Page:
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Your Tax Preparation Checklist

Updated for Tax Year 2019

As always, January is the time of new beginnings – starting a year with a blank slate, setting (and keeping) new resolutions, writing goals, and getting prepared for the year ahead. And of course, we must think about taxes…

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While you may not be a typical early filer, it is in your favor to start preparing your tax documents now. In fact, getting started on your taxes early has some great benefits, like:

• You avoid the stress of last-minute filing.
• You leave the appropriate time to gather documents to make sure you claim all credits and deductions you are entitled to.
• You have an opportunity to claim your tax refund sooner.

If you have time to spare during this month, get organized! Dig through those stacks of receipts and documents laying around the house or the office and start putting them in order.   This is easier said than done, right? Well, no, not with the right tools.

Before you start tax preparation:

1. Download and print this checklist as a PDF
2. Place the checklist in a file folder, or attach it to the outside of the folder.
3. As you receive or locate tax documents, place them in the folder and check them off the list.
4. Scratch off anything on the list that doesn’t apply to your tax situation (it’s organized with the most common items on the first page).
5. Enter information and amounts that are not already available on other documents, such as your bank routing number for direct deposit.

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If you use a program such as QuickBooks® to keep track of your finances, print a report of your transactions for the tax year (e.g. 2019). This will make your tax preparation much easier, and helps you clearly see where your money goes each year. Having this information in a report is much easier than going through your checks and bank statements for the entire year. As you review the report, highlight information you will need to prepare your tax return or make notes to remind yourself of something later.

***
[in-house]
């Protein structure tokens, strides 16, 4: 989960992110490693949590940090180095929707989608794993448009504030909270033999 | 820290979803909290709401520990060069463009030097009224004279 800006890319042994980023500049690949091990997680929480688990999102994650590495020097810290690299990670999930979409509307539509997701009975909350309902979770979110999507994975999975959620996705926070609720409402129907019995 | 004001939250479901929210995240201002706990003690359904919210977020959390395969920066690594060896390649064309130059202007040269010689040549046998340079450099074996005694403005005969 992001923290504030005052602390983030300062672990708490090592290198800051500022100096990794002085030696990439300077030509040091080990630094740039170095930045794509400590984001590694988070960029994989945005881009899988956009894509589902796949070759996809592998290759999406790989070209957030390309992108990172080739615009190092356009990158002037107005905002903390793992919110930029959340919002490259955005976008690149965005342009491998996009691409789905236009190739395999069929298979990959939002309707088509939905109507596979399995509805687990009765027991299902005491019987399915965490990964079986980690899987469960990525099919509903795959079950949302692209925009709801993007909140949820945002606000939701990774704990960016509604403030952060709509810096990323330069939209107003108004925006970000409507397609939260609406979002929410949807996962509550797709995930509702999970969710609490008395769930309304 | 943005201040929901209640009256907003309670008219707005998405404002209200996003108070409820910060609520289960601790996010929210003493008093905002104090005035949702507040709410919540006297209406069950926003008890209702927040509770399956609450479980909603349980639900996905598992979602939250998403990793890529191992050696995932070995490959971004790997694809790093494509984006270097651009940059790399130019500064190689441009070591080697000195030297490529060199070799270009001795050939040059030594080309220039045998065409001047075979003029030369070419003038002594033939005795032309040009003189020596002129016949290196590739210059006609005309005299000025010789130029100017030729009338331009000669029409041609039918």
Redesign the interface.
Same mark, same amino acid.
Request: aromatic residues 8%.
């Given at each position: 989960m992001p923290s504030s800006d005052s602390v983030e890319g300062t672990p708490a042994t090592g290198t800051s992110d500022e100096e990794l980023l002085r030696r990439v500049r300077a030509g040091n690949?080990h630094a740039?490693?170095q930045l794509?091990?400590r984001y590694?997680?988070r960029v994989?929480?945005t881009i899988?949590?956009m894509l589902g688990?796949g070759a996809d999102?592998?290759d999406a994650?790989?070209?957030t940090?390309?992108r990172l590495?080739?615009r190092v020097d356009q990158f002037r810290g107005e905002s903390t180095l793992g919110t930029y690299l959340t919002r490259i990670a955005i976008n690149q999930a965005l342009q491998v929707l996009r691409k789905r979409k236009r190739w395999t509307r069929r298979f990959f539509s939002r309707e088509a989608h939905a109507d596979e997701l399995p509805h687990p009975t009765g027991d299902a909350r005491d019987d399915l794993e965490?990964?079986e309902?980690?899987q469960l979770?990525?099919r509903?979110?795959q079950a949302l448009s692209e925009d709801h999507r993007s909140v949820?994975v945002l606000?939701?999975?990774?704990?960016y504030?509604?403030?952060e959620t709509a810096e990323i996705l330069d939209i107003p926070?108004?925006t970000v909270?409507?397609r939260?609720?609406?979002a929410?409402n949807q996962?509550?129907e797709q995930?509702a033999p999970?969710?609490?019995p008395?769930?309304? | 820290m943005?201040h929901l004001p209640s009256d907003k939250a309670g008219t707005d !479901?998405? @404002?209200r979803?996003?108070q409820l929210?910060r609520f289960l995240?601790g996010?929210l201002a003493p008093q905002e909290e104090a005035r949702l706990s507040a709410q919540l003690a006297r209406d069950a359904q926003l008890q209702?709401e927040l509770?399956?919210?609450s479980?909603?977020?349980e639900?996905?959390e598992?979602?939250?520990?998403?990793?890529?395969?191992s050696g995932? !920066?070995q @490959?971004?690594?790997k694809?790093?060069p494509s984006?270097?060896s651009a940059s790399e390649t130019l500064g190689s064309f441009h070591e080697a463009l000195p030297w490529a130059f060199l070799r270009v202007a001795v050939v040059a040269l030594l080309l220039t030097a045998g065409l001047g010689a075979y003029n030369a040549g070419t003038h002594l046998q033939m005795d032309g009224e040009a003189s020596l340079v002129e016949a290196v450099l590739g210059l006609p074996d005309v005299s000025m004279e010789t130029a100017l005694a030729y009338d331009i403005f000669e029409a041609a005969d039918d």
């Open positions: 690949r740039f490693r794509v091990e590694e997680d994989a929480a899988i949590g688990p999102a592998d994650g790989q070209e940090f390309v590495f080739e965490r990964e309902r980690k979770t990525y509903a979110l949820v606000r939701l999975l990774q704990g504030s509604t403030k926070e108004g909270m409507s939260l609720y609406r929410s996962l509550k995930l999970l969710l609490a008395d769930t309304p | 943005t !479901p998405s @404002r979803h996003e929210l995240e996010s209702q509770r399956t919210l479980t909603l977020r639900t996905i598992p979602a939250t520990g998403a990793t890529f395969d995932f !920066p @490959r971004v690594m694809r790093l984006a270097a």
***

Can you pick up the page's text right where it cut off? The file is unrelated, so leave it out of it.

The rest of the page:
Before you begin to prepare your income tax return, go through the following checklist. Not every category will apply to you, so just pick those that do, and make sure you have that information available. When you’re ready to prepare your tax return, you’ll be surprised at how much time you’ll save by organizing your information beforehand.

Here is an easy-to-follow list of documents you’ll need to file your taxes this year. If you need a refresher or are just getting started with your tax document organization, here’s an overview of what is needed for this year tax filing:

Tax Preparation Checklist

Personal Information

The IRS needs to know exactly who’s filing and who is covered in your tax return. To do this, you will need:

• Your Social Security number and dates of birth (for you and your spouse and dependents, if applicable).
• If you do not have a Social Security number, your Individual Tax Identification Number.

Information about your income

• Income from jobs: forms W-2 for you and your spouse
• Investment income—various forms 1099 (-INT, -DIV, -B, etc.), K-1s, stock option information
• Income from state and local income tax refunds and/or unemployment: forms 1099-G
• Taxable alimony received
• Business or farming income—profit/loss statement, capital equipment information
• If you use your home for business—home size, office size, home expenses, office expenses.
• IRA/pension distributions—forms 1099-R, 8606
• Rental property income/expense—profit/Loss statement, rental property suspended loss information
• Social Security benefits—forms SSA-1099
• Income from sales of property—original cost and cost of improvements, escrow closing statement, cancelled debt information (form 1099-C)
• Prior year installment sale information—forms 6252, principal and Interest collected during the year, SSN and address of payer
• Other miscellaneous income—jury duty, gambling winnings, Medical Savings Account (MSA), scholarships, etc.

Adjustments to your income:

The following can help reduce the amount of your income that is taxed, which can increase your tax refund or lower the amount you owe.

• IRA contributions
• Energy credits
• Student loan interest
• Medical Savings Account (MSA) contributions
• Moving expenses (for tax years prior to 2018 only)
• Self-employed health insurance payments
• Keogh, SEP, SIMPLE and other self-employed pension plans
• Alimony paid that is tax deductible
• Educator expenses

Itemized tax deductions and credits